Women getting a divorce need to discuss pensions

Women getting a divorce need to discuss pensions

Age UK has voiced concerns that, when couples are going through a divorce, the topic of discussing pensions should be a norm.

This would stop a spouse – usually, the woman – losing out in old age, the organisation claims.

Up to one in three women aged between 55 and 70 have experienced a divorce, with huge implications for their retirement incomes, Age UK says.

Due to this, the group is trying to encourage couples to ask questions about their pensions during the divorce process, in order to avoid unfairness when finances get divided.

It suggests making ex-partners sign a declaration saying they have considered whether to value and divide private pensions, and acted accordingly on this.

According to research, 71 per cent of divorcing couples don’t discuss pensions as part of their settlement, while 48 per cent of women and 41 per cent of men have no idea what happens to pensions when a marriage ends.

“While it is not practical or always desirable for the compulsion to consider pensions in divorce settlements, Age UK believes that a ‘nudge’ should be introduced into the divorce process that encourages people to include them,” the group’s report said.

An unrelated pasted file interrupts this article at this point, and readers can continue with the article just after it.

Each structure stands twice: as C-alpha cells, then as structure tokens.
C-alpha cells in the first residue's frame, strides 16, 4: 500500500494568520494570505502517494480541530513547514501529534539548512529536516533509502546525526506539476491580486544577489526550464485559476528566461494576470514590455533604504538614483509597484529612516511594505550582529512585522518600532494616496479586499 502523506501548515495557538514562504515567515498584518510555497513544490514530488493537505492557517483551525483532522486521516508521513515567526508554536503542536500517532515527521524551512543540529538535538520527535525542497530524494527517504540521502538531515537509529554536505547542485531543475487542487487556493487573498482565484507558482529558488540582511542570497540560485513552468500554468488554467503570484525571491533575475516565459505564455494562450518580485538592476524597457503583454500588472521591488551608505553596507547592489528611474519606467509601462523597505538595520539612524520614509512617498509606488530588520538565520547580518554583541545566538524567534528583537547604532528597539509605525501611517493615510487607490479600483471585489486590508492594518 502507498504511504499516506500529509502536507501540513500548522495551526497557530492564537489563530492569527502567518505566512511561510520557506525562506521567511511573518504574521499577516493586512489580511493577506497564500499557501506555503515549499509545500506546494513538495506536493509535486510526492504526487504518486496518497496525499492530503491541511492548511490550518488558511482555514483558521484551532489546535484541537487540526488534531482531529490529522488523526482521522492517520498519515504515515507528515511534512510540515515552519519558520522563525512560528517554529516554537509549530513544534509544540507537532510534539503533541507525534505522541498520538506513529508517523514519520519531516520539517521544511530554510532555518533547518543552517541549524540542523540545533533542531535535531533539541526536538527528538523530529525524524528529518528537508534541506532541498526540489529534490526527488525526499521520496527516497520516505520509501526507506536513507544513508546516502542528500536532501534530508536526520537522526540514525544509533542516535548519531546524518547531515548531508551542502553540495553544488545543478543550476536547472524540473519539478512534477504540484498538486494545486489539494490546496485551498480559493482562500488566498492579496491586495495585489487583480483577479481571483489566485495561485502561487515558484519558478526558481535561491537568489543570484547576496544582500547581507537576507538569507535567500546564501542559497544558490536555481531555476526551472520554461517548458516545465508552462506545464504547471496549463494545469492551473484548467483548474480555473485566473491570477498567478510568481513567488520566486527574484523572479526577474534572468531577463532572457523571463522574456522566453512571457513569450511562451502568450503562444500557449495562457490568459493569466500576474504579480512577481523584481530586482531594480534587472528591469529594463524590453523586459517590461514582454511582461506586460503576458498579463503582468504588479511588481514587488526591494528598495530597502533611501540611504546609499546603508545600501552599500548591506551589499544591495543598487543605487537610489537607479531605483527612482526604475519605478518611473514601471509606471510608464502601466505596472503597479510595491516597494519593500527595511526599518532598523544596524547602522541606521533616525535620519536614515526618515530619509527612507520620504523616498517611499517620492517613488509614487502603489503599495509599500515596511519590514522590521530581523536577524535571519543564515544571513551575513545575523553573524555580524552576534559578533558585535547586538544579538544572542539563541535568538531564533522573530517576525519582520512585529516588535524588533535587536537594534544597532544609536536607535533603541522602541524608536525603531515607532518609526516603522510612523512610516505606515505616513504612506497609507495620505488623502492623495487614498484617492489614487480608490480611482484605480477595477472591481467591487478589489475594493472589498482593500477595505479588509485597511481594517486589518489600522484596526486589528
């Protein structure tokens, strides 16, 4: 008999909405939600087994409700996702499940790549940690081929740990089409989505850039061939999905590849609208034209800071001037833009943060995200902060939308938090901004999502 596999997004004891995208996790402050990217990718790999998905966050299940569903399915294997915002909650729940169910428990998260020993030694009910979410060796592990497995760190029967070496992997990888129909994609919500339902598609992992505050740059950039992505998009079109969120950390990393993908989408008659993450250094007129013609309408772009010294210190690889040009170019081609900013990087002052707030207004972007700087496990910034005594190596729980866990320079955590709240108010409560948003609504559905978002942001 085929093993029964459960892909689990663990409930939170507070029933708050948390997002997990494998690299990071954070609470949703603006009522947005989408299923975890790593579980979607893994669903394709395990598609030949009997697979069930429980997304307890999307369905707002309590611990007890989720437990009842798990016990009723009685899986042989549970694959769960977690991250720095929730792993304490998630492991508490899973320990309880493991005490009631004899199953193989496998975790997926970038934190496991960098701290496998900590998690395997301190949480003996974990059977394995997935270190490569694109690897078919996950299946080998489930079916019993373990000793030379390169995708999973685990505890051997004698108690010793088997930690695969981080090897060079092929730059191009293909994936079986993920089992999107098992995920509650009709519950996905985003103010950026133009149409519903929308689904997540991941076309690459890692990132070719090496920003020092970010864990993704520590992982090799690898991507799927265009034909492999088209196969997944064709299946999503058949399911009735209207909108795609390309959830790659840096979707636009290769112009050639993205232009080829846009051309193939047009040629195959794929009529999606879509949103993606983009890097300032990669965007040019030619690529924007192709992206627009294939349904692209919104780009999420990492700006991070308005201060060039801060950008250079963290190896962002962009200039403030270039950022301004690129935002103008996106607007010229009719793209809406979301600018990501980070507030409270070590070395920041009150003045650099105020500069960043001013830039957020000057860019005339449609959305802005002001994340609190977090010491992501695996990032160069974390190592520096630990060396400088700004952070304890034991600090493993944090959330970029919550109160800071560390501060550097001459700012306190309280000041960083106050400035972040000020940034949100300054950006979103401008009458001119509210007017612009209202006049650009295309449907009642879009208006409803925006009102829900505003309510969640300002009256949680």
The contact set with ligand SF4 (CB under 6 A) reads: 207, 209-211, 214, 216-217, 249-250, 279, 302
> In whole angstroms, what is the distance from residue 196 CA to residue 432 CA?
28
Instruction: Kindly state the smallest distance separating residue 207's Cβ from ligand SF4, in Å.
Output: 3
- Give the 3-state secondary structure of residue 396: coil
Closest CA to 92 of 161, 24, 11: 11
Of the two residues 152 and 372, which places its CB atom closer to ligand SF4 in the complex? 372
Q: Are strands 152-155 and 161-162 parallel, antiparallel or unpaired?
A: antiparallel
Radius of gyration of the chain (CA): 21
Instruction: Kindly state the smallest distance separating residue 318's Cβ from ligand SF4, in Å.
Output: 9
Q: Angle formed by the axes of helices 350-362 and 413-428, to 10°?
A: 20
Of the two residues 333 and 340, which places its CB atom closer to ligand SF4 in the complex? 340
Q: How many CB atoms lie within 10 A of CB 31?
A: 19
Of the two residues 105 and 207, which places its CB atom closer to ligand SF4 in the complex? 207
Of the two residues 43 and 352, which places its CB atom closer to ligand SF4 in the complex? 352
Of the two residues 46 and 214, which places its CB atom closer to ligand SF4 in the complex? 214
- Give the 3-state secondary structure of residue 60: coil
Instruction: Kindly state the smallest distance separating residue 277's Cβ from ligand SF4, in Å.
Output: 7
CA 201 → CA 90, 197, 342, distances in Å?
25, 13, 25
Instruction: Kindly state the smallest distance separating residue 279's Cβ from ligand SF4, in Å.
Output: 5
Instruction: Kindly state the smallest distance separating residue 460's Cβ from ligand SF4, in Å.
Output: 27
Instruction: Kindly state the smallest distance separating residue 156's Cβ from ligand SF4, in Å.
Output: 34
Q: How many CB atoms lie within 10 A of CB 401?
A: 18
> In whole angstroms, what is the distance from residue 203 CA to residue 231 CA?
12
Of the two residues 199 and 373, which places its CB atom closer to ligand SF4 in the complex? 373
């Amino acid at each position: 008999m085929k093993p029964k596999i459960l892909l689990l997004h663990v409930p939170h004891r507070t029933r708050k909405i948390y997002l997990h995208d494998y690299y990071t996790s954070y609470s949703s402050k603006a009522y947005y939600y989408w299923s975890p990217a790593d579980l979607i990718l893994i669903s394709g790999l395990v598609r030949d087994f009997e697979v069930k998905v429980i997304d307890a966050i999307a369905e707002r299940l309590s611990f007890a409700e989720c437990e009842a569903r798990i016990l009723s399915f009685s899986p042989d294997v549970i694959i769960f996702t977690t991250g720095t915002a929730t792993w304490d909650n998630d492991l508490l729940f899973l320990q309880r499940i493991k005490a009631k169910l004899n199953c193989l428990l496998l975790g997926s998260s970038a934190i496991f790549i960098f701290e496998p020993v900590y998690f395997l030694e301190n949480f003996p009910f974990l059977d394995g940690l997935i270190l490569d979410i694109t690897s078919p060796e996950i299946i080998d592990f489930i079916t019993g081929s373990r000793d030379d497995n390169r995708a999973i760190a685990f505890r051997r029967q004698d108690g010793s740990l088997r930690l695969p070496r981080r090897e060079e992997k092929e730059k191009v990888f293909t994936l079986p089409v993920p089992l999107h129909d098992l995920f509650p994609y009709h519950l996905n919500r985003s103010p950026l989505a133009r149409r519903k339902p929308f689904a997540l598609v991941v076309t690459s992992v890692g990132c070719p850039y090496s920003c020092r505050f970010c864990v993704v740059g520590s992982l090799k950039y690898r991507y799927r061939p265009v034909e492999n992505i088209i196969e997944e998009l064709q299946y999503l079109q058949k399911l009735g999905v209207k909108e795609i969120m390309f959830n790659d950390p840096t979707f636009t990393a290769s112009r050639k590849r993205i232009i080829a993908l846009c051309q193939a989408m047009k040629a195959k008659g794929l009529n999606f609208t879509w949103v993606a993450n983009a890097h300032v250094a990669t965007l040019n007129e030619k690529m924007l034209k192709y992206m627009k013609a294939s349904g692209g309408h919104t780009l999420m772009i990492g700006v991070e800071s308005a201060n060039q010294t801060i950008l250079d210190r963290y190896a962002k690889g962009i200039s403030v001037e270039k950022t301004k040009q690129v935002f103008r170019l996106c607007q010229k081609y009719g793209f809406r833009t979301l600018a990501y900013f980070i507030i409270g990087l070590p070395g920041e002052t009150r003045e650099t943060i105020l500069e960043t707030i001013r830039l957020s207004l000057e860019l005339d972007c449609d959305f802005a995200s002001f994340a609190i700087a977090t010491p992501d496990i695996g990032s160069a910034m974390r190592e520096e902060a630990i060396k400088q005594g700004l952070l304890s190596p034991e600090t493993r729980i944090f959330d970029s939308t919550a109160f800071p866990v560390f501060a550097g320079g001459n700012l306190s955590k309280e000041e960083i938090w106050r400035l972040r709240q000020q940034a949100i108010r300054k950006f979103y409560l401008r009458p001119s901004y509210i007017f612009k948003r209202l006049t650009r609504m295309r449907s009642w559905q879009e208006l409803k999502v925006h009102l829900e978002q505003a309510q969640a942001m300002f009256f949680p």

It added: “Women suffer unfairness in the divorce process due to lack of access to legal representation, partners frequently excluding their pensions from a settlement, and widely inaccurate perceptions about the real value of pensions.

“It is not a requirement of divorce to include pension assets in a separation agreement, nor is it an automatic right for the partner to know their value unless couples undertake financial proceedings through a court.

“However, when lawyers are involved in drawing up the settlement then it is more likely they will be considered.”

Caroline Abrahams, Charity Director at Age UK, added: “It is extraordinary and frankly unacceptable that so many women are potentially missing out on significant sums of money when they divorce, sometimes without even realising they have lost future income which probably should have been theirs.

“The Government must act quickly to make consideration of private pension wealth a proper part of the divorce process.

“It is crucial that women are helped to build up a decent private pension, get the right information and advice at the right time, and as a matter of law and practice have fair and equal access to the private pension wealth they have built up with their husbands if they are divorced or bereaved later in life.”